Entrepreneurship is not new to the MBA, but for many years the focus for many MBA students has been banking, finance and consulting. The report argues that the era of entrepreneurship as a dominant feature of MBA education has arrived.
1. Why is there a growing interest in entrepreneurship education amongst MBA students?
The report suggests that this may be explained in part by the impact of the economic downturn on the job market, and the declining number of jobs in banking and finance. I believe that this is complemented by the growing importance employers are giving to the entrepreneurial potential of appointees in their recruitment processes – even in public sector organisations.
2. Can you teach someone to be an entrepreneur?
Can we ensure that a new Alan Sugar will emerge among MBA graduates of Bradford University School of Management? Many believe that entrepreneurship is an inherent personality type and not a teachable skill. Interestingly however, I have never heard the question: ‘can you teach someone to be artistic?’ ie. can Oxford University ensure that another Salvador Dali will emerge among graduates of its Fine Arts programme?
Entrepreneurship requires certain innate skills but they are skills that most people already have which just need to be nurtured.
3. What can Business Schools do to support entrepreneurial behaviour through MBAs and other programmes?
I always felt that the question of whether you can teach entrepreneurship is wrong. And I am increasingly convinced, as entrepreneurship education grows of age, that there are many things we can and are doing to support entrepreneurial behaviour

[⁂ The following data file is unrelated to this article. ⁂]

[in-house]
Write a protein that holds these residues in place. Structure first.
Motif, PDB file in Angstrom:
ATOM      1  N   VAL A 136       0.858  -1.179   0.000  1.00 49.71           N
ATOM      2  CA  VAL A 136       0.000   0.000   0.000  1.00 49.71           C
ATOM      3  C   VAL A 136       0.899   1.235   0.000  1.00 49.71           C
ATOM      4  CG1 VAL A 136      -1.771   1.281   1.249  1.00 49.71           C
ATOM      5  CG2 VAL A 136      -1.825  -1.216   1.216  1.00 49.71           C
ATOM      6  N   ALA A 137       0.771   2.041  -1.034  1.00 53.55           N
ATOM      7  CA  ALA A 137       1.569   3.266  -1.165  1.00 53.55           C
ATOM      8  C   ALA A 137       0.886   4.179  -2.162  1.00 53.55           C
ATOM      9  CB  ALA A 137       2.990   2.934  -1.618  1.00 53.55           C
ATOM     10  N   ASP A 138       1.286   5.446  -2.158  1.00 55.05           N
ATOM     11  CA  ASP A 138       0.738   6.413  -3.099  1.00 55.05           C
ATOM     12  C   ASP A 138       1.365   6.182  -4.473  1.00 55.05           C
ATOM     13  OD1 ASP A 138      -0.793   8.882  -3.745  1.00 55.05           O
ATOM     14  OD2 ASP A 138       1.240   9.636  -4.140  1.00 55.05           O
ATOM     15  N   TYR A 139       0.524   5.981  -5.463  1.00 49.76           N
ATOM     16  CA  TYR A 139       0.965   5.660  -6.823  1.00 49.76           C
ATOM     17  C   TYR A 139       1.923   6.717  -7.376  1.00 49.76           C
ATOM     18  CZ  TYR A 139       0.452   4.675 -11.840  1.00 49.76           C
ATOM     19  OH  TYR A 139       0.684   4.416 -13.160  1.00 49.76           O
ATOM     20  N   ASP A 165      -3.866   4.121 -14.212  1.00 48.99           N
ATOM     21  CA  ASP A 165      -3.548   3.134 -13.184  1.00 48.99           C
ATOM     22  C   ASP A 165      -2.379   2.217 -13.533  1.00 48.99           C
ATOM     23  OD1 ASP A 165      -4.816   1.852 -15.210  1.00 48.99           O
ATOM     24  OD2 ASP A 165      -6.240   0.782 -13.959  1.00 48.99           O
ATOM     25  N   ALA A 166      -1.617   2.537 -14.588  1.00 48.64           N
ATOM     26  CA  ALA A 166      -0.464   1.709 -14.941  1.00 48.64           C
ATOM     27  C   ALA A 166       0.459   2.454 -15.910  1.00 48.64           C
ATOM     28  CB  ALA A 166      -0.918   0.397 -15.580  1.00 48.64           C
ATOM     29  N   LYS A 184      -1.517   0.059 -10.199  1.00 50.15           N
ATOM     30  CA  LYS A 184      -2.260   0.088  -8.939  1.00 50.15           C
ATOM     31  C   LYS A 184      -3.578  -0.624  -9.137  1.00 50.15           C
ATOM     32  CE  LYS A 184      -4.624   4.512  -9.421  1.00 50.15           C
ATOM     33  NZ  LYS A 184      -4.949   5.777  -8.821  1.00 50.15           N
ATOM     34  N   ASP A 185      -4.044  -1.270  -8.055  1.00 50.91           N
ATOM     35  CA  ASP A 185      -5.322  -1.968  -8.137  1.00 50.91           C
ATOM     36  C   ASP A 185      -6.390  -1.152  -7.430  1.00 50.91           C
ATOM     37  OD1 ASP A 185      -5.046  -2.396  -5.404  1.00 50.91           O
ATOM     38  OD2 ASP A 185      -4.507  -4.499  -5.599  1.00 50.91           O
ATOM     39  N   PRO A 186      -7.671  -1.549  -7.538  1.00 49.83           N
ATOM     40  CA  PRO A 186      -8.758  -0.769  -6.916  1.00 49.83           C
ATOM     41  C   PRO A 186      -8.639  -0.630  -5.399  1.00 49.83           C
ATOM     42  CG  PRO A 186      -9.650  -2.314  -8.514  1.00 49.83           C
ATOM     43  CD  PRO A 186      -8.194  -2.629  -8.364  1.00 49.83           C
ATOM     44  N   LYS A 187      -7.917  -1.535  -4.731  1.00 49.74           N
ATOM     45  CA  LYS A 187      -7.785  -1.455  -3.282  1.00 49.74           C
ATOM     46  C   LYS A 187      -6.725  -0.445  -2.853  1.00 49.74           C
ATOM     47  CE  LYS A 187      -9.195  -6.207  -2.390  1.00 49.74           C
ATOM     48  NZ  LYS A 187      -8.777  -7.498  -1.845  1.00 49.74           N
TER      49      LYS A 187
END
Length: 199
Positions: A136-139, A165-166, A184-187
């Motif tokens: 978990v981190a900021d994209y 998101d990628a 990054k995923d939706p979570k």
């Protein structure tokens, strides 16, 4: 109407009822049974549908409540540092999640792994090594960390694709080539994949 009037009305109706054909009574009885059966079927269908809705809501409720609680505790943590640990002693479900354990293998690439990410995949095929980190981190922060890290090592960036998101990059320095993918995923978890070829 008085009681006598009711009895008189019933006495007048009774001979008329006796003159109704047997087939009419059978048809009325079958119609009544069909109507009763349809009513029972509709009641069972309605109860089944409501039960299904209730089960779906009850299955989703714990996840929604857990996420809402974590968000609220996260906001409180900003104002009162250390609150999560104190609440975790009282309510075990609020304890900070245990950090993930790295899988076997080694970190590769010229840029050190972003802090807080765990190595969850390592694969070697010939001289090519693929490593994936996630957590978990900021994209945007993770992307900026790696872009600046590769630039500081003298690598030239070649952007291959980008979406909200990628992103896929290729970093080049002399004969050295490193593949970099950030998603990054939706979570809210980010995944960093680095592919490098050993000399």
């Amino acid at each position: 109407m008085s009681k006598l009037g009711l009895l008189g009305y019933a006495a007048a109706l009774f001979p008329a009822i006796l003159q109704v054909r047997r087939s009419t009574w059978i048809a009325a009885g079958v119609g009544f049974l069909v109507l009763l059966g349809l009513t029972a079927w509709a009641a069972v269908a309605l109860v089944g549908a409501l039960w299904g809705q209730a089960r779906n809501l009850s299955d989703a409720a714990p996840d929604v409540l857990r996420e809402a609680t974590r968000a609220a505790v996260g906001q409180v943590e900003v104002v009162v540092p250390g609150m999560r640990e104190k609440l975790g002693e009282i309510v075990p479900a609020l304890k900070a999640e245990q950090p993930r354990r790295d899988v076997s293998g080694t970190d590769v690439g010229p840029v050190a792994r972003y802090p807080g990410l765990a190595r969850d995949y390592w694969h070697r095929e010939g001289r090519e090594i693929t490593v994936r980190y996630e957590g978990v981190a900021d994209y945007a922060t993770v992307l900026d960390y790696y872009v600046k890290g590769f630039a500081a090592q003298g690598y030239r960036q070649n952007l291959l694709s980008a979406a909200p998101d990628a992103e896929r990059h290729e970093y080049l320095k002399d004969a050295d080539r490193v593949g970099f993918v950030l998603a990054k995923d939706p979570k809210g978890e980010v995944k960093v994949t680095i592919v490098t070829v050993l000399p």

- provide students with an understanding of creative thinking processes as well as the ability to use contemporary creative thinking techniques
- enhance the ability of students to identify and map out opportunities, that will enable them to act entrepreneurially not only through business start-up but also within existing organisations
- develop skills in functional areas of business (such as finance, marketing, operations and technology management) that are essential for the realisation of entrepreneurial ideas
- advance the leadership attributes of individuals, so that they can articulate their vision and secure the buy-in needed for the realisation of their entrepreneurial ventures
So, to go back to one of the earlier questions: can we ensure that a new Alan Sugar will emerge among MBA graduates of Bradford University School of Management? No we can’t. But can we guarantee that MBA graduates from our School are creative, enterprising, trying to identify opportunities, and possess the skills needed to exploit these opportunities.
MBA students and alumni – how have you used taught entrepreneurial skills to further your career as a business owner or employee?